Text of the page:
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Discussion Starter · #1 ·
My second family watch was owned by my Grandfather who died in 1971. It was given to him and is engraved on the back by Good Humor (Ice Cream Company) and is dated 1935 to Fred Leonard. The inside back of the case is marked woth the Star Watch Case Company logo and the serial #1336694 and hand marked is what appears to be the date 9.16.35 and markings from what I assume are the various people that worked on the watch. The movement is by the Concord Watch Company and has 15 jewels. It also has the word SWISS, the letter B and the word unadjusted. The case is 14k gold filled. I contacted Good Humor a few years ago and they told ne they didn't keep records from back that far.




 

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You already know a fair bit about this watch. It's from 1935 evidently.
TheConcord watch company is still in business, celebrating its 100th anniversary in 2008.
http://www.concord.ch/
A 15 jewel Swiss watch is quite typical of the 1930s and Star is an American watch case company. So your grandfather's watch movement came from Switzerland and was cased in the USA. In my view this would be a better bet for service and restoration as it's a better quality movement. It needs service though as the regulator is off the scale.
 

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Discussion Starter · #3 ·
I had sent it off and had it serviced about 15 yrs ago and wore it to special events. I got divorced back in 1999 and it took a couple of years before I could get it back from my ex. When she finally did return it, it only ran for a few minutes at a time. I wish I knew more about how my Grandfather got the watch. The story I got was that he was one of the top sale people for that year which must have been difficult during the depression. Am I right in assuming that the markings on the inside of the back case are from the people that made the watch? The hand writing appears to be different on each one.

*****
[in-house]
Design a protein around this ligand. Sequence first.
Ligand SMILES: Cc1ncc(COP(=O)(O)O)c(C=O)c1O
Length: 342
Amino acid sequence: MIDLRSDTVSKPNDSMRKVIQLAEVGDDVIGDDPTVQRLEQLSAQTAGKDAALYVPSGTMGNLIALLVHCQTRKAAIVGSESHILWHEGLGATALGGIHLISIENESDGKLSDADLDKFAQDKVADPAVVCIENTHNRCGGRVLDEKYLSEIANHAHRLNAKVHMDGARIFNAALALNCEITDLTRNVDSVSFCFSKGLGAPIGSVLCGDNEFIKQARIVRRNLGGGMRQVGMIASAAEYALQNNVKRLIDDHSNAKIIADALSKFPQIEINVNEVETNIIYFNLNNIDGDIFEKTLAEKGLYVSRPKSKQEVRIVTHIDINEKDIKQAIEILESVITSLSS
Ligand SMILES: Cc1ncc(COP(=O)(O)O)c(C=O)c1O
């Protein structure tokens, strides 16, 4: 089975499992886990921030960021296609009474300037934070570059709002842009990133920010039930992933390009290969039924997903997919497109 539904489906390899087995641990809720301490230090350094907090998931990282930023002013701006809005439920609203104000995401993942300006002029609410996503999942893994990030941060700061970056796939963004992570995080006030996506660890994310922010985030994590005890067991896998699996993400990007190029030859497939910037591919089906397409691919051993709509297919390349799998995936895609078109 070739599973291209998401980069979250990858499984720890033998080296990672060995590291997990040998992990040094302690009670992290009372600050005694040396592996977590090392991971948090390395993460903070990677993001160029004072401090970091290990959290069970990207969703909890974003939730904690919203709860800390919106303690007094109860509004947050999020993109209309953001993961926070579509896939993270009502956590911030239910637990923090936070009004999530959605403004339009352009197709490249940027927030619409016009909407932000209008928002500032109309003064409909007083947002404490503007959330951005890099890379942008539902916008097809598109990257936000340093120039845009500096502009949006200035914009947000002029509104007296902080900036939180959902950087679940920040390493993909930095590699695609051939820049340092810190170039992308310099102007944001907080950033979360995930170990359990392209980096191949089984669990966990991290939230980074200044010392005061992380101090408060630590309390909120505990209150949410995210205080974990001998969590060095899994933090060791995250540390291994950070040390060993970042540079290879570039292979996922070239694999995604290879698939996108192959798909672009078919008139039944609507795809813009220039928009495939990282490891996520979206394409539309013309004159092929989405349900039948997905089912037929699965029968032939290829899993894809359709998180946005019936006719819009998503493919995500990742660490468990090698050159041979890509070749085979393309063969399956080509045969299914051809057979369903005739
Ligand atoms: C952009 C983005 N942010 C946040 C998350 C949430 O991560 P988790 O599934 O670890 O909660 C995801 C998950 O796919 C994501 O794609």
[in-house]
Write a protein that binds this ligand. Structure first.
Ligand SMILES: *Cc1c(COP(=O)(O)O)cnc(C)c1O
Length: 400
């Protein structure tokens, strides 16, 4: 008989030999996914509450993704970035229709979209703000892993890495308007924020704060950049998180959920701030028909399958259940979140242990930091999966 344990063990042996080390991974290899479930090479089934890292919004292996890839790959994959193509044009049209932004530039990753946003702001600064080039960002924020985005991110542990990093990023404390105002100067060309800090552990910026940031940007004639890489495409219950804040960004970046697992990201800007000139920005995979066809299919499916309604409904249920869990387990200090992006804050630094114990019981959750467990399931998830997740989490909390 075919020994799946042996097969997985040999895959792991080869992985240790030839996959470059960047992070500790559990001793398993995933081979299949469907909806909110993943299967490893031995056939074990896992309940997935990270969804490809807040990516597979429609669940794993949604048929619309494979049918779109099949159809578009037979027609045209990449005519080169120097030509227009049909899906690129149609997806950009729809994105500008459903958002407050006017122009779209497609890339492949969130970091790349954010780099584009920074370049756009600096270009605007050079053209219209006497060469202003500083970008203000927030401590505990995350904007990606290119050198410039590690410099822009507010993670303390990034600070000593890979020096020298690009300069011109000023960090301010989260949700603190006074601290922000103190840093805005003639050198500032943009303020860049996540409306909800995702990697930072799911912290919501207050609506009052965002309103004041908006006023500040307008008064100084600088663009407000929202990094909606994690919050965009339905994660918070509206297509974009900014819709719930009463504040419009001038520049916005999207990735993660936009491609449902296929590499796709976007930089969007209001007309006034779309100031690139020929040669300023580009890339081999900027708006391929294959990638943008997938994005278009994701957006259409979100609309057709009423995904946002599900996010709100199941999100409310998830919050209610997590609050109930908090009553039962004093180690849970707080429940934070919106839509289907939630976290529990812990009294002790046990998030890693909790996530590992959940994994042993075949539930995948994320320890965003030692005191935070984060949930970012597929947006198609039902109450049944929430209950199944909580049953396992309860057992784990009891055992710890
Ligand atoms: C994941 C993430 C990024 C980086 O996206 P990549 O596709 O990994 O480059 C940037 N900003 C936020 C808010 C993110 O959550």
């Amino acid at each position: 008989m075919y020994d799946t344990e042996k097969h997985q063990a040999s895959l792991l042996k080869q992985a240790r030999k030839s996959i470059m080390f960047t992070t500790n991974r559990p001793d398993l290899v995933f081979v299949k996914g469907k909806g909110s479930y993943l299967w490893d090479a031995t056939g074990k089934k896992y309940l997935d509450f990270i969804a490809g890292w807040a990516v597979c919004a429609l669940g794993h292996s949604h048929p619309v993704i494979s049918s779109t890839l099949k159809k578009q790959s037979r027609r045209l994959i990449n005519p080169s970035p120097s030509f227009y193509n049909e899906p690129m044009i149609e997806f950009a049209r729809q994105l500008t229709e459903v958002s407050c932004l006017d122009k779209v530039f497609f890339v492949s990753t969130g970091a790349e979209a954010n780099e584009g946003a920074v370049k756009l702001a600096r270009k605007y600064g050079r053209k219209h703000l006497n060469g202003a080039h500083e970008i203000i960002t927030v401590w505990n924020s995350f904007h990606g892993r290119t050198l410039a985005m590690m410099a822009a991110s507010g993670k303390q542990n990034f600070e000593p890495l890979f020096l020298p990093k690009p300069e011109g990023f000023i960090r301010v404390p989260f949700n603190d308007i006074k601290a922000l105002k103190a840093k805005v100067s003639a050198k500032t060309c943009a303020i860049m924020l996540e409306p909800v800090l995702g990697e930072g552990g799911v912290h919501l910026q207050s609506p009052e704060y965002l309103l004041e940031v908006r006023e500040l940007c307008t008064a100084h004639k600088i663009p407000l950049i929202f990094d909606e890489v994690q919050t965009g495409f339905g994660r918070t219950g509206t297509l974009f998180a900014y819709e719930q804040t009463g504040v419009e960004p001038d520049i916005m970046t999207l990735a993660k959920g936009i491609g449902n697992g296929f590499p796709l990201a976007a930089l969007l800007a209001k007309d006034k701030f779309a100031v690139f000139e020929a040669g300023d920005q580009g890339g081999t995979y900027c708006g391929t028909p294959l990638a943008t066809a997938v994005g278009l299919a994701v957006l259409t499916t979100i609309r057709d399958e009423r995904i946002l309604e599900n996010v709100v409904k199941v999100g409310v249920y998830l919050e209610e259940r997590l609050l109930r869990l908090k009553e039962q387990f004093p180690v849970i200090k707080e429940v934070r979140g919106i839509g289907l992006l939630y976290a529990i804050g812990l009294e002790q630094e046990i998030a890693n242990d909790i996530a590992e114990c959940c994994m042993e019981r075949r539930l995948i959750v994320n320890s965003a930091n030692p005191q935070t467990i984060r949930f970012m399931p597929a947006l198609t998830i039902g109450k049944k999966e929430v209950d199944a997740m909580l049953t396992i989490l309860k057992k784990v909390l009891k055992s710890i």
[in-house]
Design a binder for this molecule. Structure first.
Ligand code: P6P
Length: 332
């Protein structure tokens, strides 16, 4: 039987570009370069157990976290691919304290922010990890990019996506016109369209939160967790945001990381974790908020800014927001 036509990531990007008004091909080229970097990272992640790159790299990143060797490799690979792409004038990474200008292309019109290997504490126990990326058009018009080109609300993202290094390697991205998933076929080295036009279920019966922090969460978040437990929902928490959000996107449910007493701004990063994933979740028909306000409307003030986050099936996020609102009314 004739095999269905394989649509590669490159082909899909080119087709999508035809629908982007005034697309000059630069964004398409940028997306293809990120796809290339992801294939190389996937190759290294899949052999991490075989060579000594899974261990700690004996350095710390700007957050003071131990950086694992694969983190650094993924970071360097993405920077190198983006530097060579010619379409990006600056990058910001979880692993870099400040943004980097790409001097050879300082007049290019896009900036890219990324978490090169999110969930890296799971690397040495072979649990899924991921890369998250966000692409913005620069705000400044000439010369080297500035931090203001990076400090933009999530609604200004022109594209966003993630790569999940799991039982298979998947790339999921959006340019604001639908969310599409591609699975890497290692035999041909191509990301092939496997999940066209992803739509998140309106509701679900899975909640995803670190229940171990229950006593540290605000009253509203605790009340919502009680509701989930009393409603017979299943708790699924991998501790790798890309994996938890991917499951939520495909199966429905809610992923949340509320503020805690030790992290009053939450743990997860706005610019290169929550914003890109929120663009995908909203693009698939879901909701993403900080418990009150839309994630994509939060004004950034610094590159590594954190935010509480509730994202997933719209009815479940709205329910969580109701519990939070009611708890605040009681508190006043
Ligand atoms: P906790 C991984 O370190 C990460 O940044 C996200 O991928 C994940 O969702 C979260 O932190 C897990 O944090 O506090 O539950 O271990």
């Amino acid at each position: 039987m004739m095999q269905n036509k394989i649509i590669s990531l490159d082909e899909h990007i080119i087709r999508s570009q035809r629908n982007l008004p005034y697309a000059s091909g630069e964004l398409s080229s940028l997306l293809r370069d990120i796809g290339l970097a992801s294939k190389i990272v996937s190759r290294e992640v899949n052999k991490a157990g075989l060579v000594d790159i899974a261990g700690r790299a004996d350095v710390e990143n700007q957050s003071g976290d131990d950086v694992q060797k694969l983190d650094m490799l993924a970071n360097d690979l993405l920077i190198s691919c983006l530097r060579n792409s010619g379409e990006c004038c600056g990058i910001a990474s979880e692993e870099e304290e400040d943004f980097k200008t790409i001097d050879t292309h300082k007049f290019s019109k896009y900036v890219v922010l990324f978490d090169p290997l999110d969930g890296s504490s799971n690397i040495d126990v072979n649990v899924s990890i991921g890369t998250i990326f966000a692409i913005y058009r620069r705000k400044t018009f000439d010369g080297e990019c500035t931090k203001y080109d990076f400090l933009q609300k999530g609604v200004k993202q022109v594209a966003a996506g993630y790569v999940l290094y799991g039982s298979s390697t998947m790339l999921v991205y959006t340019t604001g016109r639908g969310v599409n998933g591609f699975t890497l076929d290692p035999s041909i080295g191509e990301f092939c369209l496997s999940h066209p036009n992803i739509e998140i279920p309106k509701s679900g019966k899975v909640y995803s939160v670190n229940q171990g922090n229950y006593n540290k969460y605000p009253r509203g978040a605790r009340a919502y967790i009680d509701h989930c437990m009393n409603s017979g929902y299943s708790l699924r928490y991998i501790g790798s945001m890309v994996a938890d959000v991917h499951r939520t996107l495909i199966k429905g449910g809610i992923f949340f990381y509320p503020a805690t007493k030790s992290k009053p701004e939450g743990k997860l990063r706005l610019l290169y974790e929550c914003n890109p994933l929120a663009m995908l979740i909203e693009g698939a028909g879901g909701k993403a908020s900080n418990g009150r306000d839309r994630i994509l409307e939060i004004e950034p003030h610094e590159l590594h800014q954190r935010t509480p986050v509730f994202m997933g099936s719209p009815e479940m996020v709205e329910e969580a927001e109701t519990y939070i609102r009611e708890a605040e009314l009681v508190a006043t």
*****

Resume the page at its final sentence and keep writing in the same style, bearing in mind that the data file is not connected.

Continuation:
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Those markings were typically made by watchmakers who serviced the watch. Usually they were a number that corresponded to an entry in a record book. Sometimes they are a date and that's nice for the collector as it gives him/her a bit of the watches history.
 

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The Star Watch case company was located in Ludington, Michigan. Mostly a tourist resort town with little industry. It was sold and turned into condominiums. It is said that they vacuumed enough gold dust out of the cracks in the floors to pay for the building. I have an aluminum plate used on a pantograph machine to engrave the back of a case. I also seen in a garage sale a set of two master dies set in bees wax in a wood block. I should have bought it but that was a long time ago. I also have a new in the box counter top cover to set the item to be looked at on.
Bob
 

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Discussion Starter · #6 ·
Thank you for pointing out the regulator problem. Just to see, I slid it back over and surprisingly the watch has been running ever since although it has lost 5 minutes in the last 12 hours. At least I now know that there is likely not anything mechanically wrong and that a servicing should return it usability.
 

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Fantastic, informative link Marrick. When Omega started producing LED watches in the early 70s ,the most expensive (by far) led produced by them was the solid gold Time Computer 1. Omega turned to Star to produce the first batch (believed to be 50) of cases. Here is the original spec sheet.


 
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